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A man who dabbles in geek culture and enjoys sharing his thoughts. Film, gaming, comics, and the like are consumed by yours truly.

Appropriation is defined as the act of taking possession of something for one's own use, typically without the owner's permission. The taking of thoughts, ideas, culture; these are things people hold dear and there are those who seek to pillage and pass off as their own. Cultural appropriation and "whitewashing" have trending topics within the last two years or so with various music artists and other production media distributors being accused of engaging in such activity. Films like Exodus: Gods and Kings, Gods of Egypt, the Marvel's Doctor Strange, Marvel's Iron Fist Netflix series, and music artists such as Iggy Azalea, Robin Thicke, and Katy Perry have come under much scrutiny as of late. Some arguments have been valid, others have just been blowing smoke. Bruno Mars, whose real name is Peter Gene Hernandez, is now among the accused after his performance at the 2017 awards. While cultural appropriation is a relevant topic, the question remains. Is Bruno Mars appropriating black culture? Another question to be asked is, are we stretching the cultural appropriation argument too far? Let's start at the beginning.

A tweet posted by doctorate student and Washington Post writer, Jenn M. Jackson, criticized Bruno for his performance of his uptempo funk song "Perm" from his latest album "24K Magic" citing its appropriation of black culture. Not only was Bruno criticized, but also his fans.

I do my best in listening to both sides of the issue, but here's where I have a problem with this argument. If we start from the early to late 2000s, Bruno went from getting his professional start at the historic Motown Records to producing and writing songs for artists such as Brandy and Sean Kingston among others prior to becoming a solo artist. He was also featured on B.o.B's 2009 hit "Nothin' On You", a hip-hop song, which helped launch his solo career. His 2010 album "Doo-Wops & Hooligans" was essentially a pop album, but consisted of multiple styles of music between rhythm & blues and reggae, but contained a doo-wop theme, hence the album name. "Grenade" and "Just the Way You Are" were only a small portion of that album. The same can be said about his follow up album "Unorthodox Jukebox" which also contains R&B and funk influences. It's safe to say that he's been contributing to the genre for a while now and not only contributing to it, but also honoring it.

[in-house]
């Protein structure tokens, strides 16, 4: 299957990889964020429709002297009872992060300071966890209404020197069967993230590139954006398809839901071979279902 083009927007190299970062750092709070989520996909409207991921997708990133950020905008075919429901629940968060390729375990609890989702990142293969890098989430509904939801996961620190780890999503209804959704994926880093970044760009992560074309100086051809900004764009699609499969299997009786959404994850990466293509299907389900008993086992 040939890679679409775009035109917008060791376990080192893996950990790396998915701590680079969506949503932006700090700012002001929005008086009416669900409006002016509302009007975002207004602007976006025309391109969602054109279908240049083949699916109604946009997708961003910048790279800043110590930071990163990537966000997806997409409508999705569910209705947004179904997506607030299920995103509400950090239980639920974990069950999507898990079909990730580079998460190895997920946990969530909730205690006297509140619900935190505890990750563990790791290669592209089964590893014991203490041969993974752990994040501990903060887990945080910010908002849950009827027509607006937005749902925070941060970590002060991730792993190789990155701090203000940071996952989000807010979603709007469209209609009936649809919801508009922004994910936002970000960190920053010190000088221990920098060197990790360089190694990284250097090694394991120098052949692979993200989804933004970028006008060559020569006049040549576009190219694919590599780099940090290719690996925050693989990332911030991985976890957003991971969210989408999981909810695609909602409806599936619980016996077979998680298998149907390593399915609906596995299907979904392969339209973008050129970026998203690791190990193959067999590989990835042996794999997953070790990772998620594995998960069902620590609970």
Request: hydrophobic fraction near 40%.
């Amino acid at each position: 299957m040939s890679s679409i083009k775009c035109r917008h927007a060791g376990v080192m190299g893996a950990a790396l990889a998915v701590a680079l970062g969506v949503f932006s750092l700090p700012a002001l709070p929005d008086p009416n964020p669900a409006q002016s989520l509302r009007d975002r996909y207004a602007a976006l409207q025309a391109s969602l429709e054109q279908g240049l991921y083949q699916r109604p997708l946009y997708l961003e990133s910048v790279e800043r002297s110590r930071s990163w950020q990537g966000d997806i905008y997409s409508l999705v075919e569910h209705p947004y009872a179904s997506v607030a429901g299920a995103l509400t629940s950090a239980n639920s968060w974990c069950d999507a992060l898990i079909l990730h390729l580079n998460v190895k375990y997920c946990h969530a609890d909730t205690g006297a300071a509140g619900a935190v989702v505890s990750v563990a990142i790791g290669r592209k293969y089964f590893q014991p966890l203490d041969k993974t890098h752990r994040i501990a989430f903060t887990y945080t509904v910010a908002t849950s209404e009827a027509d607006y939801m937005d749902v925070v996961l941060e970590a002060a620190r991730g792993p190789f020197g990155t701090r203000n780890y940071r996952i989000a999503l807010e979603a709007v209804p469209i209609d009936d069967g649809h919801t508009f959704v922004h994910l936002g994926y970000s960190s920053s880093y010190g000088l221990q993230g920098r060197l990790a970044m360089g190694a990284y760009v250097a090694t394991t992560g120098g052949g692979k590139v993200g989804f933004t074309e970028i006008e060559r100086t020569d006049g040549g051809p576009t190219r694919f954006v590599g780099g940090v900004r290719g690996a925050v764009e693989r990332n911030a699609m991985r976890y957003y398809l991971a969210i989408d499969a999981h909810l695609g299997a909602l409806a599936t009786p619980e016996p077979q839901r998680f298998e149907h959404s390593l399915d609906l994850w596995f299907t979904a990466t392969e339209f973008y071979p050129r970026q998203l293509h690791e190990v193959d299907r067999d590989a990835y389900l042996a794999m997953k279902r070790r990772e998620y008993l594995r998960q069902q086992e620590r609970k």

The phrase most being criticized is that Bruno Mars is "bringing funk back." Well, when was the last time you heard a song like "24K Magic" on mainstream radio that wasn't released in decades past? What other new artist is doing what Bruno is currently putting out for mainstream audiences? You can maybe name two or three out of all the artists that have surfaced on major labels and get consistent radio play. The argument is being claimed as if Bruno Mars is said to be the "new messiah of funk" and no one is saying that. It just refreshing to get new music that actually has musicianship.

(From Unorthodox Jukebox, 2012)

Since there was a need to bring up that Bruno Mar is a "non-black" person of color, there are some key things that were overlooked. Bruno Mars is part Puerto Rican, with his father being half, and e Filipino from his mom's side. You can trace both Puerto Rican and Filipino lineage to Pacific Islands, Asia, Middle-East, and Africa in addition to Europe. When it pertains to blackness, it is well documented that African roots still reside in Spanish countries to this day, even if there are a portion that don't want to acknowledge it. They are a mixture of different things like many of us are anyway regardless of how dark your skin is or how blonde you hair may be. Bruno Mars is multi-ethnic and at the end of the day, musica does not have the look of the "prototype" American (blonde hair, blue eyes) and on the wrong day at the wrong time, he would be treated accordingly. So what is the point of being hung up on him not being at least half or a quarter black? What does it have to do with him being talented and coming from a musical family that played multiple styles of music?